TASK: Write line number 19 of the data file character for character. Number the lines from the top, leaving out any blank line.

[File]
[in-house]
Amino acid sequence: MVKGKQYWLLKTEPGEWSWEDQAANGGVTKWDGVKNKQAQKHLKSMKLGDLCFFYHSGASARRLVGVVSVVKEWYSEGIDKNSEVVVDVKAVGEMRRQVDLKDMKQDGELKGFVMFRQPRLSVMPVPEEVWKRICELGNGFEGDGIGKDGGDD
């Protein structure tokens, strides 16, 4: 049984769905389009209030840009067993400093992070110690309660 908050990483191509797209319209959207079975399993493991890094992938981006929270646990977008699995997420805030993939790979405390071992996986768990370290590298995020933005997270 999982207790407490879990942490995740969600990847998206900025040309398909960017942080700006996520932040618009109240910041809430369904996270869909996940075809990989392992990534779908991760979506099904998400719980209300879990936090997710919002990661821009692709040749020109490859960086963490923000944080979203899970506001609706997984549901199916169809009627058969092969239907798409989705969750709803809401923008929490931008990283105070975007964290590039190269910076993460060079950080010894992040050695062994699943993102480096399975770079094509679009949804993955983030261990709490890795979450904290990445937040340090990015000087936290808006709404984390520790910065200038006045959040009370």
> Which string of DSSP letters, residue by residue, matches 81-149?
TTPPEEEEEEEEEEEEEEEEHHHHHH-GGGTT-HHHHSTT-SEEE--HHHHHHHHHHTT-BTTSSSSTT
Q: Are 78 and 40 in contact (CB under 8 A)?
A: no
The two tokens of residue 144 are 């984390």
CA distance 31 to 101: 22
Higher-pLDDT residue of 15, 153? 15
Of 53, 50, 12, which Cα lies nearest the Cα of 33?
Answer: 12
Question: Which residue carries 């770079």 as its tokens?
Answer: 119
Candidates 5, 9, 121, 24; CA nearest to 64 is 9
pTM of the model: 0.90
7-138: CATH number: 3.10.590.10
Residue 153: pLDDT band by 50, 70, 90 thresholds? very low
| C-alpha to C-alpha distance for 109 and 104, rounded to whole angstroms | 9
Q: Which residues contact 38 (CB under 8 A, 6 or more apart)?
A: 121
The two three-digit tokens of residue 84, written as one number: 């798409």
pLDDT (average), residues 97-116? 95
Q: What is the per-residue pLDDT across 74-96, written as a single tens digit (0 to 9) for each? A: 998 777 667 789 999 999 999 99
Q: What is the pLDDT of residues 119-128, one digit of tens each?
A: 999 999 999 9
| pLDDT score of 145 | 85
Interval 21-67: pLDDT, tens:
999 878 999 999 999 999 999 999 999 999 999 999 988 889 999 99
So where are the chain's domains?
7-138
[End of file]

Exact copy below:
| C-alpha to C-alpha distance for 109 and 104, rounded to whole angstroms | 9